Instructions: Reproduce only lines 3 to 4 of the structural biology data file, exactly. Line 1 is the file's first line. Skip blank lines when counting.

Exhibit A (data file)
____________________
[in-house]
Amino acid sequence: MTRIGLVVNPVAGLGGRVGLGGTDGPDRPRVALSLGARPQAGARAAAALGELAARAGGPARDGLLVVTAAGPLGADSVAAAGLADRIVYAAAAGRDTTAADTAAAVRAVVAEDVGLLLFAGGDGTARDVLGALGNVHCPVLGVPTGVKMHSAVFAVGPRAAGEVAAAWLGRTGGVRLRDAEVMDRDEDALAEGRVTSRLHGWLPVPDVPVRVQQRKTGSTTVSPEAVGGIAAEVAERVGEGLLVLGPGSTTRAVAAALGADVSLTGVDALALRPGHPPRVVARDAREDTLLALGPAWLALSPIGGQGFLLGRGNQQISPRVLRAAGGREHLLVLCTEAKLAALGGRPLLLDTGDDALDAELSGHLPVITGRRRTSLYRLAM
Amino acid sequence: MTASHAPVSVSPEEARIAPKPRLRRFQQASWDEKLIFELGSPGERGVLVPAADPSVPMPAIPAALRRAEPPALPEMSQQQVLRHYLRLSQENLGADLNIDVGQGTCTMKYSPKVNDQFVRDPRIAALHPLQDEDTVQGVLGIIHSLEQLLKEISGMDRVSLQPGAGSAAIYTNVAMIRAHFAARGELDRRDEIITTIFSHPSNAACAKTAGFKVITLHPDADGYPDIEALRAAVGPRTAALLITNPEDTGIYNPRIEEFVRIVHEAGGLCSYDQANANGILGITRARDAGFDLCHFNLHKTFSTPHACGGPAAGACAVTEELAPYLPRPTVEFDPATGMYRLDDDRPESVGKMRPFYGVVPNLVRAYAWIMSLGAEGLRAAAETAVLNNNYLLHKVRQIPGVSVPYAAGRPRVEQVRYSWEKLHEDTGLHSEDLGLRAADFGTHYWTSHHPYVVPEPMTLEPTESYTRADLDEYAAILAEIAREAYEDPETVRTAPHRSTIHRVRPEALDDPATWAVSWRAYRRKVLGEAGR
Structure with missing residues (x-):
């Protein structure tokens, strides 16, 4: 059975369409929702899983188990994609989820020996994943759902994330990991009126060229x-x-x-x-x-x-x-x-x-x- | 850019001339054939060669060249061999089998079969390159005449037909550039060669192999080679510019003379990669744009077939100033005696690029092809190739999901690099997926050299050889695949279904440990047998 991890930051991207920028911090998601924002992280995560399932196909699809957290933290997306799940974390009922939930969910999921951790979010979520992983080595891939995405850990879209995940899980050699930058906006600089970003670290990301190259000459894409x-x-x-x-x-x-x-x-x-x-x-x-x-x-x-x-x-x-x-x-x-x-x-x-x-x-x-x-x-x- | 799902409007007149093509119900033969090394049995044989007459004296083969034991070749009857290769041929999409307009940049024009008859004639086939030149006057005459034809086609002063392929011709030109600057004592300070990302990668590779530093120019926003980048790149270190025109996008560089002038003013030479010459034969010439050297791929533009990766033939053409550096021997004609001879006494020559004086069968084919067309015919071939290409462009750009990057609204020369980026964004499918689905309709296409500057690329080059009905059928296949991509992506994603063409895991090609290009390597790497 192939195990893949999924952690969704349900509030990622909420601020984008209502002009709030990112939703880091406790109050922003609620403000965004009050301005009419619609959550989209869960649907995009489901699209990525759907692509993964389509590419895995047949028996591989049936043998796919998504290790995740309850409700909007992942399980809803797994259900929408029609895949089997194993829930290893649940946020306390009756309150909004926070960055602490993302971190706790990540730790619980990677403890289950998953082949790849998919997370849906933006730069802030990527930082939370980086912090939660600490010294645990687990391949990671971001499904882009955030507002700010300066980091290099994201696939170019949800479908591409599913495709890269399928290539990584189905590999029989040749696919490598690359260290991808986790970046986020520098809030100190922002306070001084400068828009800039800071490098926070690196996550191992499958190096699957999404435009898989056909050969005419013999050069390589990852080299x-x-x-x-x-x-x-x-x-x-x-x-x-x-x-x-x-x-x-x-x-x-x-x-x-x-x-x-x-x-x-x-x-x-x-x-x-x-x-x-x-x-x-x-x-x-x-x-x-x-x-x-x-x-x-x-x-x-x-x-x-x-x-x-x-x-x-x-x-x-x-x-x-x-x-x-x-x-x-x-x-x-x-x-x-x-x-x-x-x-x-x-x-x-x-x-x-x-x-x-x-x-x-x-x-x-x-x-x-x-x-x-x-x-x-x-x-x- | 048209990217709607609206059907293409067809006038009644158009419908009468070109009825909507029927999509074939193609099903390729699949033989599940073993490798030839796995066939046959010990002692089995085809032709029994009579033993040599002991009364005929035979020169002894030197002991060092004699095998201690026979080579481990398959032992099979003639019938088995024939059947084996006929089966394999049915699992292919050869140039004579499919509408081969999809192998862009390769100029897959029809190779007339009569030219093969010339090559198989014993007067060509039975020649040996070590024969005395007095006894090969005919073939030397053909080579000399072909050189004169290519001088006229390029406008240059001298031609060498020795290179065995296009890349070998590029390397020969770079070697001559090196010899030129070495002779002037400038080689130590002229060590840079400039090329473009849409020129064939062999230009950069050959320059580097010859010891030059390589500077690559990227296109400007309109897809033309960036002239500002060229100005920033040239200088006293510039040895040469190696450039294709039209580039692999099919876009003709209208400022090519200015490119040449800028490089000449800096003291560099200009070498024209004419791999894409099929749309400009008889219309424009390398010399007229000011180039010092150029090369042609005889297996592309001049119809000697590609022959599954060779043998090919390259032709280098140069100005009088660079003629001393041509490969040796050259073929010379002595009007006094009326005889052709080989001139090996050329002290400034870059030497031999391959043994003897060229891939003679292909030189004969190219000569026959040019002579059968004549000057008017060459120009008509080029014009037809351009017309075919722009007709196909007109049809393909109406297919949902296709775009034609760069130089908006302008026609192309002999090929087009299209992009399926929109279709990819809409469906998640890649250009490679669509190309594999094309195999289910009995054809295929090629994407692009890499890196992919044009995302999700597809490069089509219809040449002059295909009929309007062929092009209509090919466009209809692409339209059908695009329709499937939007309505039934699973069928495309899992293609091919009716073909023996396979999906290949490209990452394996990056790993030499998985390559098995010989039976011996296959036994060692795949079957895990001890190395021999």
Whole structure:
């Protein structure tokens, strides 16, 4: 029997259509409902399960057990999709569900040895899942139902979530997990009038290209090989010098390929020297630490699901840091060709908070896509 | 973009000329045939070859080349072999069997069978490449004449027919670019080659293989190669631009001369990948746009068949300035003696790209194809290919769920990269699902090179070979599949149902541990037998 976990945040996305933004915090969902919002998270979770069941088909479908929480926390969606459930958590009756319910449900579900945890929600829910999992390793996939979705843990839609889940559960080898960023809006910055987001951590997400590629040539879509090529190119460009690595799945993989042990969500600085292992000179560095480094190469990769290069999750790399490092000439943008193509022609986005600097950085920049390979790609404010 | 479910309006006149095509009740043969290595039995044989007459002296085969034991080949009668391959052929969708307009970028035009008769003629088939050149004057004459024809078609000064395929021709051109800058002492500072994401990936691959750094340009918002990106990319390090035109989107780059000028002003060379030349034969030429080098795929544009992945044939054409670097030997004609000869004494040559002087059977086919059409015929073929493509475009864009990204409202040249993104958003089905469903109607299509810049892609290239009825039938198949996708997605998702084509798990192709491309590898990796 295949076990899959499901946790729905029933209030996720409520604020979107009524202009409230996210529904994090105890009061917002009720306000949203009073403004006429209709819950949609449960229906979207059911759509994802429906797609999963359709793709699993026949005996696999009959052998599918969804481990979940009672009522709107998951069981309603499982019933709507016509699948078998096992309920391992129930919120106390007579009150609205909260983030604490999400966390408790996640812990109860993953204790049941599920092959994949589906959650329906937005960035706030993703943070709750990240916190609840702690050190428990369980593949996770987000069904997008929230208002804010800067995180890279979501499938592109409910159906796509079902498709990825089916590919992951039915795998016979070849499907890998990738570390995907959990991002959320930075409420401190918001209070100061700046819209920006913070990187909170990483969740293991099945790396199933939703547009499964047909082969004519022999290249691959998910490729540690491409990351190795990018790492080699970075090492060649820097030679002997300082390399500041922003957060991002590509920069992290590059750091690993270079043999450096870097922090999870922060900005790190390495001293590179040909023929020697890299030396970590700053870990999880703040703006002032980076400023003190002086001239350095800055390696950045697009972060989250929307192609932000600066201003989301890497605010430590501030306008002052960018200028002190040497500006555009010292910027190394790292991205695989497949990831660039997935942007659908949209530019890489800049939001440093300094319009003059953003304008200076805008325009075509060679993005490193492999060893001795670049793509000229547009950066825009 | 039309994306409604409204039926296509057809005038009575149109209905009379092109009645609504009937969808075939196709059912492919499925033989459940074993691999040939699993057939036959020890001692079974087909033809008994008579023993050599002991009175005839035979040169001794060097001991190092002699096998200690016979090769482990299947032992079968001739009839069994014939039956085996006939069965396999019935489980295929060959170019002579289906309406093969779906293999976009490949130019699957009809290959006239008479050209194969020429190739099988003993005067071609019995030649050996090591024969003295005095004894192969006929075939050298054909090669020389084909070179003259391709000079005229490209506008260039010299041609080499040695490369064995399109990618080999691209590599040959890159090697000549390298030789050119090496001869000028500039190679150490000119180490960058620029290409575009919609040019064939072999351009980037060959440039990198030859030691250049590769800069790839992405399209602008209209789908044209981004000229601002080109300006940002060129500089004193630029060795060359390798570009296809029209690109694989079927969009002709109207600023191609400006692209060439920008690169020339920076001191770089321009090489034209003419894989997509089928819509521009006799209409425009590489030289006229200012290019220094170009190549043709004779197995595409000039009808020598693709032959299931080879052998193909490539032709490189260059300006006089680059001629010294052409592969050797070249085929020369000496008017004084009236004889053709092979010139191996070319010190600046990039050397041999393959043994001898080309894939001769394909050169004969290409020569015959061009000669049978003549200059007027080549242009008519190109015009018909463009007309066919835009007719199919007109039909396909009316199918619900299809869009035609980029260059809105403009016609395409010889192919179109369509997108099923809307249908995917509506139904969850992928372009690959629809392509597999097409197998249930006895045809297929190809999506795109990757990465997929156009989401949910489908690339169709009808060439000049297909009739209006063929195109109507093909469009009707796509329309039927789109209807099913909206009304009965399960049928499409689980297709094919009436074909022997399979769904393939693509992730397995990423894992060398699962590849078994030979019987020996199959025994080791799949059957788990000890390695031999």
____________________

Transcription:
Amino acid sequence: MTASHAPVSVSPEEARIAPKPRLRRFQQASWDEKLIFELGSPGERGVLVPAADPSVPMPAIPAALRRAEPPALPEMSQQQVLRHYLRLSQENLGADLNIDVGQGTCTMKYSPKVNDQFVRDPRIAALHPLQDEDTVQGVLGIIHSLEQLLKEISGMDRVSLQPGAGSAAIYTNVAMIRAHFAARGELDRRDEIITTIFSHPSNAACAKTAGFKVITLHPDADGYPDIEALRAAVGPRTAALLITNPEDTGIYNPRIEEFVRIVHEAGGLCSYDQANANGILGITRARDAGFDLCHFNLHKTFSTPHACGGPAAGACAVTEELAPYLPRPTVEFDPATGMYRLDDDRPESVGKMRPFYGVVPNLVRAYAWIMSLGAEGLRAAAETAVLNNNYLLHKVRQIPGVSVPYAAGRPRVEQVRYSWEKLHEDTGLHSEDLGLRAADFGTHYWTSHHPYVVPEPMTLEPTESYTRADLDEYAAILAEIAREAYEDPETVRTAPHRSTIHRVRPEALDDPATWAVSWRAYRRKVLGEAGR
Structure with missing residues (x-):